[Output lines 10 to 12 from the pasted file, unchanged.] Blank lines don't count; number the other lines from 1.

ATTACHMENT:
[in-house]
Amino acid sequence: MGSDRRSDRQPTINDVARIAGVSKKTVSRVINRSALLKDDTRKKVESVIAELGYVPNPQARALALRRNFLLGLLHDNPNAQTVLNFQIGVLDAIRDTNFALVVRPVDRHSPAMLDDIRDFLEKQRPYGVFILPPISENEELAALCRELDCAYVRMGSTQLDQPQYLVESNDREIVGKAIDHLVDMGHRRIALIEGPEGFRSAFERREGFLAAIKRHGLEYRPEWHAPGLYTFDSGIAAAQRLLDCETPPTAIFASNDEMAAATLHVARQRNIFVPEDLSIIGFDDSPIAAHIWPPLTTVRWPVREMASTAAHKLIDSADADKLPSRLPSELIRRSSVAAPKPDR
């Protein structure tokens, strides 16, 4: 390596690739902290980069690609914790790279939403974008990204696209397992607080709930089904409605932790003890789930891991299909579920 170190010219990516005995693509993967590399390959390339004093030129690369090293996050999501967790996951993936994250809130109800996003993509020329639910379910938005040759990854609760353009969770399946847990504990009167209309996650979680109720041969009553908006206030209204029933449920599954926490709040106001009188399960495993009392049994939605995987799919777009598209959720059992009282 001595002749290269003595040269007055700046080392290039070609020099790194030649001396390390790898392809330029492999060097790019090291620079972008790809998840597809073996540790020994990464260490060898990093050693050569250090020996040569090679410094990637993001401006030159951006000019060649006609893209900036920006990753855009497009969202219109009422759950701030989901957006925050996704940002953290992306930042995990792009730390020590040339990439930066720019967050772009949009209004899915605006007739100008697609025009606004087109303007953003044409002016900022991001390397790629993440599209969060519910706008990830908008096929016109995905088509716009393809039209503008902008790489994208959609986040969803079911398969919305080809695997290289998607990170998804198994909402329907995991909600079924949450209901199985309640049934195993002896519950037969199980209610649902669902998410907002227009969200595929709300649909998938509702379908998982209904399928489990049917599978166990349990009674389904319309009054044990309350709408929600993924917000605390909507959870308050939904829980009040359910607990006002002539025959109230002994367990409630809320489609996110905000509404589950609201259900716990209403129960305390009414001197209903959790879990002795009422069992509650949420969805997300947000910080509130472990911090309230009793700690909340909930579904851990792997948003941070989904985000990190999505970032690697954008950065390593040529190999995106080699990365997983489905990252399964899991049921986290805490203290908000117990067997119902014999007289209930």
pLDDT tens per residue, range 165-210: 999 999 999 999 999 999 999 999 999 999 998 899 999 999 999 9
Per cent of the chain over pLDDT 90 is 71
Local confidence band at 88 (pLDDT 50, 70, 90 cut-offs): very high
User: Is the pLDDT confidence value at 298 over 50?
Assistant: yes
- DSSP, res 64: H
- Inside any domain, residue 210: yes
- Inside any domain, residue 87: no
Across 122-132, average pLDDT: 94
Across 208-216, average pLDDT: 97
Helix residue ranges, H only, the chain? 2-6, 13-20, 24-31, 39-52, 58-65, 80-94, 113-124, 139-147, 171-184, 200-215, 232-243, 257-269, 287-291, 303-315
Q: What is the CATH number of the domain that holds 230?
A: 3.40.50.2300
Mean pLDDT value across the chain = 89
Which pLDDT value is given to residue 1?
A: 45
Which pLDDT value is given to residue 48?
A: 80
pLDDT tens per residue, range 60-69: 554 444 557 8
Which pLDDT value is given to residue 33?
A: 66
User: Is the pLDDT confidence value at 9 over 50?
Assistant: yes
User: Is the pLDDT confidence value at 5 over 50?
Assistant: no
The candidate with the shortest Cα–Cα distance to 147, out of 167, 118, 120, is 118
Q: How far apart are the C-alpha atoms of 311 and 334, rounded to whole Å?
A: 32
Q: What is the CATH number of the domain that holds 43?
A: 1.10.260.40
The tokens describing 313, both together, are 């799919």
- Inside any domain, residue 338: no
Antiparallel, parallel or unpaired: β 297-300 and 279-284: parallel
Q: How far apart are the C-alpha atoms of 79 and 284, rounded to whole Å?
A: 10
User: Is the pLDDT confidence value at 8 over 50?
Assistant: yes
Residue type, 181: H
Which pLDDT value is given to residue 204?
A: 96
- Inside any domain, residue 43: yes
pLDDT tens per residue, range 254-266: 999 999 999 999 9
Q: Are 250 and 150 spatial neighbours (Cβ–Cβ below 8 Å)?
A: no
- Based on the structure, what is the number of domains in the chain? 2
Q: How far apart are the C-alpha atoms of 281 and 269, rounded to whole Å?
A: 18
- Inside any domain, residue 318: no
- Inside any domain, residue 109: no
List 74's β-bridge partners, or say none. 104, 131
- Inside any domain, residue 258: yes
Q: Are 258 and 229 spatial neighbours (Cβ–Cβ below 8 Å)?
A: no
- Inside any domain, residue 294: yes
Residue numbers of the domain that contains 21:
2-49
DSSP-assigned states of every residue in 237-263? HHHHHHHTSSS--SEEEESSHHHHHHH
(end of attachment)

- Inside any domain, residue 210: yes
- Inside any domain, residue 87: no
Across 122-132, average pLDDT: 94